REVIEW: A Tribe Called Quest – We Got It From Here… Thank You 4 Your Service

Gotta get it together for brothers
Gotta get it together for sisters
For mothers and fathers and dead niggas…

Not ten seconds into A Tribe Called Quest’s latest album, We Got It From Here… Thank You 4 Your Service, and there it is: Q-Tip and Phife Dawg trading flows once again over Ali Shaheed Muhammad’s beats. Jarobi’s raspy chuckle sounds out, and he plunges into the mix with them. Damn, it sounds good.

ATCQ’s sixth and final album instantly summons that familiar, beloved sound you haven’t heard for some time (roughly 18 years, if you’re counting). And in what seems now like a blessed tonic for a poisonous election season and perhaps an even worse result, the timing of the album’s release seems almost preordained. The timing couldn’t be better.

The sound of estranged friends reunited sends you adrift on a thousand fond Tribe memories—of The Low End Theory and Native Tongues and Bonita Applebum and old jazz samples and “Can I Kick It?” But the subject matter of lead cut “The Space Program” quickly drags you right back into the present; to references to Eric Garner gasping “I can’t breathe” and Brittany Newsome scaling the South Carolina statehouse’s flagpole to pull down a Confederate flag; to killings and mass incarceration of black Americans. As if responding to every tired, merit-less critique of black manhood and culture offered by less-than-qualified politicians and pundits mansplaining away on Fox News, Phife puts it down perfectly on “Whateva Will Be”:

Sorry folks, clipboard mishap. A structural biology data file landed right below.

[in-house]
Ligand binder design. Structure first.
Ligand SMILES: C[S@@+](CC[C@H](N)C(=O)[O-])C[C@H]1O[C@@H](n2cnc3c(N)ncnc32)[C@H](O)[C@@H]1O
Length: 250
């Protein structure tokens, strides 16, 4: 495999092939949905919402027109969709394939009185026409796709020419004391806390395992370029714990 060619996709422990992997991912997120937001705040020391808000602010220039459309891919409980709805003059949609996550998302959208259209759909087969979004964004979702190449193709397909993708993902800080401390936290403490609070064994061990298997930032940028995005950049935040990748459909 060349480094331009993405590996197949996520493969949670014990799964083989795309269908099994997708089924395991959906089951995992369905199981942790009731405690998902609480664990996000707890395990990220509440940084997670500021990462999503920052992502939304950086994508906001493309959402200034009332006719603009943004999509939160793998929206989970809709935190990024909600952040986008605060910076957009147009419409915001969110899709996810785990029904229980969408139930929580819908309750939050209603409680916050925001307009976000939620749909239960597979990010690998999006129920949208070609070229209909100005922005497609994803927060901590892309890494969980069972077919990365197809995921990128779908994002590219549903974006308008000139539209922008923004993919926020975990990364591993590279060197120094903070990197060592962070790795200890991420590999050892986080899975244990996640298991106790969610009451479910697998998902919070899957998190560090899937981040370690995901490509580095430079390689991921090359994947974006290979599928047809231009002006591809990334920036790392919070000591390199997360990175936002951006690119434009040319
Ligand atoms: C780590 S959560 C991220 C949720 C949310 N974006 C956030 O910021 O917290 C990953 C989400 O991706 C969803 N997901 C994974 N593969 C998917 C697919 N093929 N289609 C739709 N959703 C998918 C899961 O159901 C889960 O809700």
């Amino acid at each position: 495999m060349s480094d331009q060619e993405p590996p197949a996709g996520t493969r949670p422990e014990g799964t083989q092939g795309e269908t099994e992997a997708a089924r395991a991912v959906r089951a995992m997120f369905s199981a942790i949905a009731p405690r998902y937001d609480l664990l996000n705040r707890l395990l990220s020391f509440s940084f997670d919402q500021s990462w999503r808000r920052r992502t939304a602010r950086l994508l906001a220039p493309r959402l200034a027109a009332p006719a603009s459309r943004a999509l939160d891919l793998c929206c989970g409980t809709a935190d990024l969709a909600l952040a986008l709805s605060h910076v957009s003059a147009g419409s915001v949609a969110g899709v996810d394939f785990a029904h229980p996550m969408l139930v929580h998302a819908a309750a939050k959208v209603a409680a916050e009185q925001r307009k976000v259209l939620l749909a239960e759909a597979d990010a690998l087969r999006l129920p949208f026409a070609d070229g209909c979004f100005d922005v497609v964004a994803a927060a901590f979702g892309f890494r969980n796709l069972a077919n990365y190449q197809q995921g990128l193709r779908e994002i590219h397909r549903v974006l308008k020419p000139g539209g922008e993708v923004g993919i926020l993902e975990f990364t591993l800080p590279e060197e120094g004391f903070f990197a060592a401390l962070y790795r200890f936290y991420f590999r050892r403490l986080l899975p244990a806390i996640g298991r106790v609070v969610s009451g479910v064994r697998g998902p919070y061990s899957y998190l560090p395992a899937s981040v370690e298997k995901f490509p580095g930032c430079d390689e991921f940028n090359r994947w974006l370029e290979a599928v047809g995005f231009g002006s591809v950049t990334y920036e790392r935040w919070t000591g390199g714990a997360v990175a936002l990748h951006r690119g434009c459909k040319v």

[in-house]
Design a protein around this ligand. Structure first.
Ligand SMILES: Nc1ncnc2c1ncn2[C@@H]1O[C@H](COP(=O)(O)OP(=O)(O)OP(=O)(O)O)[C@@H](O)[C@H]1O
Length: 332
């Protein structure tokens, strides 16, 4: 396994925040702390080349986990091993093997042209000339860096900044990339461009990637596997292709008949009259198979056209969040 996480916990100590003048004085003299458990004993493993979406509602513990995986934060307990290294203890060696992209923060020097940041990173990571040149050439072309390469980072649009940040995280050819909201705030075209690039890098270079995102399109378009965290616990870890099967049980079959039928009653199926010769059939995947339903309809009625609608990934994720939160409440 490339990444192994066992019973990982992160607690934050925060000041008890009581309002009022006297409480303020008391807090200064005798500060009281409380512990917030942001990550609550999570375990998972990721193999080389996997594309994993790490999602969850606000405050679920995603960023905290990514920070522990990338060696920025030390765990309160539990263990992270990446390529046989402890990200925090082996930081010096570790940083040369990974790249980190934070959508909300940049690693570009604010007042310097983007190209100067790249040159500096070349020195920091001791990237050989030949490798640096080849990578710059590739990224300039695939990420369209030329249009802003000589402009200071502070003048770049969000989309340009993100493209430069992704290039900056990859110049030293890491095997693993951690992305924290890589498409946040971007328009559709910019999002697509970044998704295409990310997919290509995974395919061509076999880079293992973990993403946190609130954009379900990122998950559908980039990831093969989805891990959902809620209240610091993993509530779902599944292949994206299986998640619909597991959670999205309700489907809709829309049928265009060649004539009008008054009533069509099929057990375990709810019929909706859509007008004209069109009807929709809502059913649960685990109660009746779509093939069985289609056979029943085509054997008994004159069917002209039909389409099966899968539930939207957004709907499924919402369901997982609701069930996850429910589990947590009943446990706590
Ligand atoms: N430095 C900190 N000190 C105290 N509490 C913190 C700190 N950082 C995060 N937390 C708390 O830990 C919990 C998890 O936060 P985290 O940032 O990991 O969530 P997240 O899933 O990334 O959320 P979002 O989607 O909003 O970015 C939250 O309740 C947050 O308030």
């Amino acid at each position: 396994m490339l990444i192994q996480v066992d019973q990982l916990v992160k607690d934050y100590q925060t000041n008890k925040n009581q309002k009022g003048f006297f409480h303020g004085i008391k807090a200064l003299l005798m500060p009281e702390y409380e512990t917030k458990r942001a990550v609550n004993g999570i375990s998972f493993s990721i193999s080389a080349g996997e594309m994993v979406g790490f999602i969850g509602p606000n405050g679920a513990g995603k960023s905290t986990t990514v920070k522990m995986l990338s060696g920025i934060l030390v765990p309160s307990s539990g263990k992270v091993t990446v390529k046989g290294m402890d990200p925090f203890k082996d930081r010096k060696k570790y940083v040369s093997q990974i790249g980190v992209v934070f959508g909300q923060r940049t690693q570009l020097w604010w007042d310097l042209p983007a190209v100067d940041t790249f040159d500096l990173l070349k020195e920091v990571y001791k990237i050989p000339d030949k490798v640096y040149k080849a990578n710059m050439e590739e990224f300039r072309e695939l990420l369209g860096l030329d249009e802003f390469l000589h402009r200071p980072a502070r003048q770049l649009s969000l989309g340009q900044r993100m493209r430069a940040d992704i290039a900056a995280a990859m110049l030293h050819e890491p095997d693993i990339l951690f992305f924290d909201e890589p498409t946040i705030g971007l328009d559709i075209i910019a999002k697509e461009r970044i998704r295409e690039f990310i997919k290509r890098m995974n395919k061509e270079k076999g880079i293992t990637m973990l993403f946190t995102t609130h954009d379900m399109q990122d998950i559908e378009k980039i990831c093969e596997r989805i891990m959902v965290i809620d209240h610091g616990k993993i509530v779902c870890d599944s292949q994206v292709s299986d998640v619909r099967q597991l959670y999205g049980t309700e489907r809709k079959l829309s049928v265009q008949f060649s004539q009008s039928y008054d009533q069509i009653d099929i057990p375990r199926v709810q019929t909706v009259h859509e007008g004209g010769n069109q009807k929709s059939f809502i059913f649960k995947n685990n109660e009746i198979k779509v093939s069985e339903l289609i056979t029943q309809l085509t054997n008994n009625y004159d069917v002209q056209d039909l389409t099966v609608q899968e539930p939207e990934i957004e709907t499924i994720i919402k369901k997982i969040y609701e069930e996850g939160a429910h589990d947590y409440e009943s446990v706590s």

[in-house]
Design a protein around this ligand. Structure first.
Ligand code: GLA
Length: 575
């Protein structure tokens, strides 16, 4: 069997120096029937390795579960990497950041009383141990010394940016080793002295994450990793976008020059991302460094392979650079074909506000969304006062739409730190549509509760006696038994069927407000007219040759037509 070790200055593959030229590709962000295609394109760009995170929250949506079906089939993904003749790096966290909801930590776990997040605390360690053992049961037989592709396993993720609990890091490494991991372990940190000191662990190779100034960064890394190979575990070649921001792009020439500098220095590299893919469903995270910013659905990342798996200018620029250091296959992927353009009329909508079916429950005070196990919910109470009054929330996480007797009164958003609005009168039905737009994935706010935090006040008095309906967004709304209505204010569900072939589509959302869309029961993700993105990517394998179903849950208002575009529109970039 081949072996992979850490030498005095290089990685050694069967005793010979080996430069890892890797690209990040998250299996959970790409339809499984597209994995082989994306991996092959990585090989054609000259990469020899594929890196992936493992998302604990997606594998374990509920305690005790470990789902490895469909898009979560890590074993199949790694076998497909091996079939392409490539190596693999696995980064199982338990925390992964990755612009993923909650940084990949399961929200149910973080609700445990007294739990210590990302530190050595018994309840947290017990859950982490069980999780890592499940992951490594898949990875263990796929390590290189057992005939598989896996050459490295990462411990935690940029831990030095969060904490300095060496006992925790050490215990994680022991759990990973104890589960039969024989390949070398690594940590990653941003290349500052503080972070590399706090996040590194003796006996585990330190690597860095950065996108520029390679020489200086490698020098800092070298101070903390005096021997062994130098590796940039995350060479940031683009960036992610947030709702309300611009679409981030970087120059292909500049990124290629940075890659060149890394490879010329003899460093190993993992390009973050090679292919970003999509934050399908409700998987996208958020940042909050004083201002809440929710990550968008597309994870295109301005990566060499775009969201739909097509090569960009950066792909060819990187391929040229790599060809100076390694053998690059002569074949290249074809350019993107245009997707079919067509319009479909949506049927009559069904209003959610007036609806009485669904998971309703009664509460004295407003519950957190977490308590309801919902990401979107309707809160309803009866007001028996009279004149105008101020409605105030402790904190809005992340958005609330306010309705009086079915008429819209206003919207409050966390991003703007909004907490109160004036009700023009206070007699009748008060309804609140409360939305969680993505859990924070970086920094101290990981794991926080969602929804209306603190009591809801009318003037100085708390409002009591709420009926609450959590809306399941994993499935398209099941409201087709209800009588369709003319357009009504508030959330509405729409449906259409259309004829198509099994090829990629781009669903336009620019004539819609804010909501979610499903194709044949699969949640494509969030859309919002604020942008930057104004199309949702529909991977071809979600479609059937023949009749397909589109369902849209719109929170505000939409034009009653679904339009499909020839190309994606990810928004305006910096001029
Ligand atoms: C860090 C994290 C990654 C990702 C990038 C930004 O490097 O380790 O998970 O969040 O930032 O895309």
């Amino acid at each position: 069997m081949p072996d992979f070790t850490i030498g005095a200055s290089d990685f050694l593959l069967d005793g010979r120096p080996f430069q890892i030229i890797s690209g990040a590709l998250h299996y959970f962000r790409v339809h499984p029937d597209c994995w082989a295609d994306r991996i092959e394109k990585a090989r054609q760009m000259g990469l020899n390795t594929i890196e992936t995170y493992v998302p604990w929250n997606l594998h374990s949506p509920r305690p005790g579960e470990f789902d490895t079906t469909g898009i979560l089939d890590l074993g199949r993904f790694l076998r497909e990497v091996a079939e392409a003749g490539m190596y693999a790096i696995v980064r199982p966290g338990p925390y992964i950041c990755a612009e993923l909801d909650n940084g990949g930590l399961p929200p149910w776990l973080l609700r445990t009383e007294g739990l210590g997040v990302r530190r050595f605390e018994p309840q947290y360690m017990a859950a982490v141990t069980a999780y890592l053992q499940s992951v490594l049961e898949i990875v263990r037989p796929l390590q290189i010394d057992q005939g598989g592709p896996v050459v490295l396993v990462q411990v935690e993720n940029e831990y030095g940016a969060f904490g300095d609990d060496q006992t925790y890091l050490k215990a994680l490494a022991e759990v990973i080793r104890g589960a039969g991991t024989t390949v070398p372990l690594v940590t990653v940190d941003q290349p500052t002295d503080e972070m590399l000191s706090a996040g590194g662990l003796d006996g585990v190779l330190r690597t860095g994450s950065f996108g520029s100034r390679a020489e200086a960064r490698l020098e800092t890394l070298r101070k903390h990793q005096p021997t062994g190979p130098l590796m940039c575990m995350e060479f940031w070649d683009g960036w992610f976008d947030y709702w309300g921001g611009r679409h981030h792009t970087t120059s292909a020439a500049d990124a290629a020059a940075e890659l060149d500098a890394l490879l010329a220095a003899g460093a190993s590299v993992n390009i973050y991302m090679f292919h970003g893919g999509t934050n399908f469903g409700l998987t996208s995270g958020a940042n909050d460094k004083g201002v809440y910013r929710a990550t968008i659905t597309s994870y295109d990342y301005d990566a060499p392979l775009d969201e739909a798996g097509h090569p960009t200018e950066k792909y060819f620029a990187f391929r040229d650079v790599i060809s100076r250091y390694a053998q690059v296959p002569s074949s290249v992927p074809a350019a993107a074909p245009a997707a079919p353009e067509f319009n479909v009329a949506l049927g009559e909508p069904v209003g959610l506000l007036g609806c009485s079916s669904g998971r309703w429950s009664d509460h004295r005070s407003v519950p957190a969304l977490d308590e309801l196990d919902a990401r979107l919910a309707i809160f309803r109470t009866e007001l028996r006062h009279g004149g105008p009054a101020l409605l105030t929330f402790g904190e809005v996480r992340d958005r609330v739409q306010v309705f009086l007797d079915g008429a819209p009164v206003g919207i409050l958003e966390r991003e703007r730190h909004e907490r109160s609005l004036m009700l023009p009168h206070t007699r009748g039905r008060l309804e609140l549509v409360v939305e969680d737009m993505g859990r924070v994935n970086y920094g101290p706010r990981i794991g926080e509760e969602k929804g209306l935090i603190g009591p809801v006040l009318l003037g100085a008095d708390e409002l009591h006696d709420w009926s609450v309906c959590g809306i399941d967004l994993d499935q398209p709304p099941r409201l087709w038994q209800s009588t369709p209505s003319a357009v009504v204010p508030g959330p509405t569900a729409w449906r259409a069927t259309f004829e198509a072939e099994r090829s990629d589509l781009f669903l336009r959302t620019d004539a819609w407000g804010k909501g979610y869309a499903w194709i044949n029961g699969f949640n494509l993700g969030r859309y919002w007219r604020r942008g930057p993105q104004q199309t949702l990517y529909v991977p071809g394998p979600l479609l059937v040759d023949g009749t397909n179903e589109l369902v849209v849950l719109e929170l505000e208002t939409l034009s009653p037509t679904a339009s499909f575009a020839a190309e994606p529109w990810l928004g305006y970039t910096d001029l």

Are you amused by our struggles? The English that’s broken?
The weed that I’m smokin’? The guns that I’m totin’?
The drugs that I’m sellin’? No need for improvement
Fuck you and who you think I should be, forward movement

A Tribe Called Quest

Elsewhere, “Kids” tackles the dreams and disillusionment of a youth with little opportunity, and “The Killing Season” addresses police brutality, lynchings, and neglect of war veterans. The latter track promises what Tribe might yet have become: little bit darker and more menacing, with strains of world-weary sadness. Kanye shows up here, paying some long overdue homage to Tribe’s influence on his work. But Tribe’s old featured player, Consequence, delivers the best line: “Now they wanna condemn me for my freedom of speech/’Cause I see things in black and white like Lisa and Screech.”

The brilliant production work of The Ummah (Tip, Muhammad, and J Dilla) on Beats, Rhymes and Life and The Love Movement came to define Tribe’s sound. But with Dilla now gone, rather than trying to recreate the inimitable, We Got It From Here… Thank You 4 Your Service instead leans heavily into rock & roll influences. “We The People” chops up Black Sabbath, and “Solid Wall of Sound” features samples, vocals, and playing from both Jack White and Elton John. Interpolations of the percussion-soaked “Halleluhwah”—by krautrockers Can—appear on two other tracks.

Thankfully, Tribe still know their way around a hella catchy chorus. “Whateva Will Be” and “Disgeneration” (featuring Busta Rhymes) are veritable hookfests. And “Enough” is the finest sex jam from Tribe since “Electric Relaxation” (Midnight Marauders), with Jarobi showing the people something new.

The bitter always finds its way into the sweet: With Phife’s death in March of 2016 due to diabetes, We Got It From Here… Thank You 4 Your Service is the victory lap that each member of A Tribe Called Quest deserved to enjoy. We’ll all just have to do it on Phife’s behalf.

We Got It from Here... Thank You 4 Your Service